Why Sir David Attenborough advocates for a mainly plant-based diet and what that means for our planet as well as for our personal health. Read about the impact of a more sustainable diet:
Voices advocating for more action to prevent a climate catastrophe are getting louder every day. Most of them are directed towards politicians or big corporations. Definitely the starting point for big scale transitions. Political and corporate pivots are crucial and we see only slow adjustments. But out of convenience we often forget how much power actually each single one of us has:
- True, the major emitter of greenhouse gases is energy. Including electricity and heat it accounts to 57% of global emissions. Energy is more difficult for us to control directly. We can choose greener providers, we can try to consume less energy.
- Also transport with 16% is a big one. Flying less, choosing the bike over the car are obvious choices on how to lower our personal carbon footprint.
- But another crucial factor determining our personal carbon footprint and one of the easiest to adjust is our diet as food accounts for about 18% of global emissions.
Take aways from Sir David Attenborough’s ‘Life on our Planet’
In his new documentary and witness statement ‘A Life on our Planet’ (a must-see for everyone), naturalist and environmentalist Sir David Attenborough urges to reduce our meat consumption and adopt a more plant-based diet: “We must change our diet. The planet can’t support billions of meat-eaters.”
To put it in numbers, he explains that (all measured in terms of their weight):
- 70% of all birds on this planet are domestic, mainly chicken raised to land on our plates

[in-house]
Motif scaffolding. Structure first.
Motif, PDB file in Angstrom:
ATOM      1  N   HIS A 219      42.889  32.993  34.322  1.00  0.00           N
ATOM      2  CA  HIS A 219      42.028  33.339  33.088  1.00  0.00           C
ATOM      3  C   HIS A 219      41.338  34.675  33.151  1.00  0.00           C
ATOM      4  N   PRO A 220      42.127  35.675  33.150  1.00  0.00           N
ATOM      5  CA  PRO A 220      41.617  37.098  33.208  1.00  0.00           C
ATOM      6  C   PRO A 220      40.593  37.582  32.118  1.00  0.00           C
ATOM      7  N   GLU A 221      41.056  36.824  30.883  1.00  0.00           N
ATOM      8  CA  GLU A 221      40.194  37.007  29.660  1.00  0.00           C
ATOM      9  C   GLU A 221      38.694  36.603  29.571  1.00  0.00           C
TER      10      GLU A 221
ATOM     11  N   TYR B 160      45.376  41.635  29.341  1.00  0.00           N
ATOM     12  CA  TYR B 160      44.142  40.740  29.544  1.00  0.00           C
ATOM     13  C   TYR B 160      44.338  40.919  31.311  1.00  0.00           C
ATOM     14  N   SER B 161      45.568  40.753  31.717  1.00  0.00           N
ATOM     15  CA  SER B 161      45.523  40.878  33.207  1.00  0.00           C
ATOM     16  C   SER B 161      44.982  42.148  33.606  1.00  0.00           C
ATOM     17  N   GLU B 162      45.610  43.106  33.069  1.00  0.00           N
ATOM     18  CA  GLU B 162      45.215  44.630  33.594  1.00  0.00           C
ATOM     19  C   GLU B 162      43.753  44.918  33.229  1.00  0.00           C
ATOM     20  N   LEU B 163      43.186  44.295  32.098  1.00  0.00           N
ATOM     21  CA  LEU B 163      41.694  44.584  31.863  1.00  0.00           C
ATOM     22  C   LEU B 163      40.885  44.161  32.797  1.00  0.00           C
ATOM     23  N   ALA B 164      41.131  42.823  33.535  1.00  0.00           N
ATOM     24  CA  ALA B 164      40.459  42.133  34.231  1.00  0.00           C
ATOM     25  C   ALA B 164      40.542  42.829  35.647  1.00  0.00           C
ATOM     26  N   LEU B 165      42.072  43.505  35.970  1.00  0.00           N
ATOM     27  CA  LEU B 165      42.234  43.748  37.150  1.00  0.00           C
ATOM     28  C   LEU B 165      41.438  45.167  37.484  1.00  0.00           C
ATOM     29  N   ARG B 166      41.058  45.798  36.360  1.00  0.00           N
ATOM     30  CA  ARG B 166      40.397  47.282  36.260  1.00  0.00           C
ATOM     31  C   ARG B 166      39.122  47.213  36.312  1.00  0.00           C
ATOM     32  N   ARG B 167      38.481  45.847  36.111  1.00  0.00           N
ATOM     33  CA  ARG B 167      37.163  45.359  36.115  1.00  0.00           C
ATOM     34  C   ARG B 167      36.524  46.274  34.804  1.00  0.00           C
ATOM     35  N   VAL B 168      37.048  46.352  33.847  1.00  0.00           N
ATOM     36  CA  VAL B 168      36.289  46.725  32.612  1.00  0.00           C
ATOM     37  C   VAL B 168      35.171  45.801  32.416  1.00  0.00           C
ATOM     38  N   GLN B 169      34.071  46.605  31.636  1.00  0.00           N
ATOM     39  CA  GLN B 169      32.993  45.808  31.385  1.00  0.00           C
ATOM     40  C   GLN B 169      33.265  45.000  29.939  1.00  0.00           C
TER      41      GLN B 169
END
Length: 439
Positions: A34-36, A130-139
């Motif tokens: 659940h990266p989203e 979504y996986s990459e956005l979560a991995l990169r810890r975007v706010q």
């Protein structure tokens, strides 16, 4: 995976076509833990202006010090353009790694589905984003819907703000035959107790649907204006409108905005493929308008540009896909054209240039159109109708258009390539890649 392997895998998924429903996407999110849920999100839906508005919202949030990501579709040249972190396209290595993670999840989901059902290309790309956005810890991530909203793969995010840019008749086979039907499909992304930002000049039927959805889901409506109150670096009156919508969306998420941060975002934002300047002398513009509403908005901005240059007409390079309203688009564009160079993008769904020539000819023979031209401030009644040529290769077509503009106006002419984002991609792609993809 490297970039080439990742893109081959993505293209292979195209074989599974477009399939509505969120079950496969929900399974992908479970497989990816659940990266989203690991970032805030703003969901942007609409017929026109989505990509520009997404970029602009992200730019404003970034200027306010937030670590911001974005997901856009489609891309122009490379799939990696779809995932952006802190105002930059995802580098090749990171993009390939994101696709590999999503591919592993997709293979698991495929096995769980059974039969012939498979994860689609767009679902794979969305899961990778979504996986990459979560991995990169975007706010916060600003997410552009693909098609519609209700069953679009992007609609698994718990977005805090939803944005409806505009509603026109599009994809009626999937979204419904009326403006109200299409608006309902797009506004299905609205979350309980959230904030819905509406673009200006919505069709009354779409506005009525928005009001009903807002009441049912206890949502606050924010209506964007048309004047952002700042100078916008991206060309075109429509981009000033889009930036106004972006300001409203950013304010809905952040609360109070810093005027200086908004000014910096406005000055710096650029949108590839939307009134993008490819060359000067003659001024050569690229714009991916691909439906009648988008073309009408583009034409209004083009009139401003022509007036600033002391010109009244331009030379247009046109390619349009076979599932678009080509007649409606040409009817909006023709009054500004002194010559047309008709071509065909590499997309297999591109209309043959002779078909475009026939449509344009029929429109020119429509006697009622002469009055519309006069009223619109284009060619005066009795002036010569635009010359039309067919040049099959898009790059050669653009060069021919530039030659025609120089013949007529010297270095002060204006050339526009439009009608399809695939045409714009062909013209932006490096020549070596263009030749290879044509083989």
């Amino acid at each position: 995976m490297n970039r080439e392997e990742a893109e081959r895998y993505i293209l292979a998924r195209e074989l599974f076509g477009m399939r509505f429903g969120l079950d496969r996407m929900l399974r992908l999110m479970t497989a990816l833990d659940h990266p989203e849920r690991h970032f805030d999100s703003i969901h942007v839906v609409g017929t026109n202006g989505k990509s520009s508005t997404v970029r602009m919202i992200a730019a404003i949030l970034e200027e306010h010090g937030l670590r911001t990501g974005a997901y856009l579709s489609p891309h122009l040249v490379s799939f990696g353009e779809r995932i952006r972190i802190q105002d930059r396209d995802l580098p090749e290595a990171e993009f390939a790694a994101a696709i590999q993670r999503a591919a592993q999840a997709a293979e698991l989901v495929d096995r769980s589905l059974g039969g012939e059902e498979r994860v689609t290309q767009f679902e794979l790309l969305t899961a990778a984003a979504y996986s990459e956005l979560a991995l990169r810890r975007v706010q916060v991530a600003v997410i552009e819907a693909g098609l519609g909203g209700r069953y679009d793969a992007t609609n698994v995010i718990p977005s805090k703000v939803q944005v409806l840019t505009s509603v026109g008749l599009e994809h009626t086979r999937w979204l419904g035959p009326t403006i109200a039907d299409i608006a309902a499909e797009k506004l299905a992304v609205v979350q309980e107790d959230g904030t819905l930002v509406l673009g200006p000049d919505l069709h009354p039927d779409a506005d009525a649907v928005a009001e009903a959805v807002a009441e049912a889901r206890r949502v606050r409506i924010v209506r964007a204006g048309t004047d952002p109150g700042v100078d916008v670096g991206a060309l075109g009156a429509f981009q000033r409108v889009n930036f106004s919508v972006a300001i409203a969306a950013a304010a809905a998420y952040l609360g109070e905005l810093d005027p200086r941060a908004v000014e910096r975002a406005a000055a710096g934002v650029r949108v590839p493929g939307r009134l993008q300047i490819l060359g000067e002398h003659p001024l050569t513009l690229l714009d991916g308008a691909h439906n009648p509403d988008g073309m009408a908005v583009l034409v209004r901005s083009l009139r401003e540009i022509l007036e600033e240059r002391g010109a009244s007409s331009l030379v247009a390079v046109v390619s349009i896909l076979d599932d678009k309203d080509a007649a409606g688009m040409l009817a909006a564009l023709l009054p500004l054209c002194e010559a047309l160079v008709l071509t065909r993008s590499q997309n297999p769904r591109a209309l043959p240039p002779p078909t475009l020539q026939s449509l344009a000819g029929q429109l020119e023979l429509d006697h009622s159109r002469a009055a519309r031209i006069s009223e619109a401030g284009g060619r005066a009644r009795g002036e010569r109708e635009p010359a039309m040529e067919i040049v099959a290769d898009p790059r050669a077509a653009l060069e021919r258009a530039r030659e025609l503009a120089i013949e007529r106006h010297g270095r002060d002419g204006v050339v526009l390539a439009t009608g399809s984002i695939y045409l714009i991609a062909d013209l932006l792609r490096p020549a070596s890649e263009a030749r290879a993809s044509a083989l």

- For mammals, the numbers are even more shocking: Only 4% on this earth are still wild!
- We humans make up for about 35%
- While 60% of all mammals are domestically raised to feed us!
- This is the reason why about 50% of fertile land is used as farmland.
- In the ocean, it does not look any better: 90% of fish populations are already either overfished or fished to capacity.
Another research study published by Science (2018), reported that 83% of agricultural land is used for animal farming even though animal products provide only 18% of global calories. So what can we do about it?
The impact of Adopting a Sustainable plant-based Diet
A study from Oxford University (2016) calculated that a global transition towards a plant-based diet would reduce food-related land use by around 3.1 billion hectares, which is the land size of Africa! Land that could be given back to nature. Land that could be transformed into forests and thereby helping to pull out carbon dioxide out of the air leading to more biodiversity and lower carbon dioxide levels in the long-term. Depending on the diet, the cut of food-related emissions would lead to:
- Minus 63% for a global adoption of a vegetarian diet
- Minus 70% for a global vegan diet
The Planetary Health Diet
In ‘A Life on our Planet’, Sir David Attenborough is not stating that all of us should become strictly vegan overnight. But adopting a mainly plant-based diet by everyone would be one of the most effective measures against climate change and also great for our personal health. A great way to start eating in a way that is better for the planet as well as for your own health is following the recommendations for the Eat Forum and their scientifically advocated Planetary Health Diet. For adults, that means each meal should consist of:
- 50% of fruits and vegetables
- the other 50% consist primarily of whole grains, plant proteins and healthy plant oils.
- Meat and dairy make up a very tiny part of the diet.
For us in the Western world, that means drastically reducing our livestock consumption while increasing our protein intake from plant sources like beans, lentils, pulses, nuts, and seeds.
Start your day with a Vegan Breakfast
Much information, much to digest. But where to begin? Jonathan Safran Foer, we suggest doing one good deed first thing in the morning: Have a vegan breakfast! There are so many delicious choices - for example, just opt for a Z-Ora Bowl. Containing mainly nuts and seeds, the optimal start to the day full of essential minerals and vitamins and a great source of plant protein!
Written by Isabel Zapf, founder of Z-Ora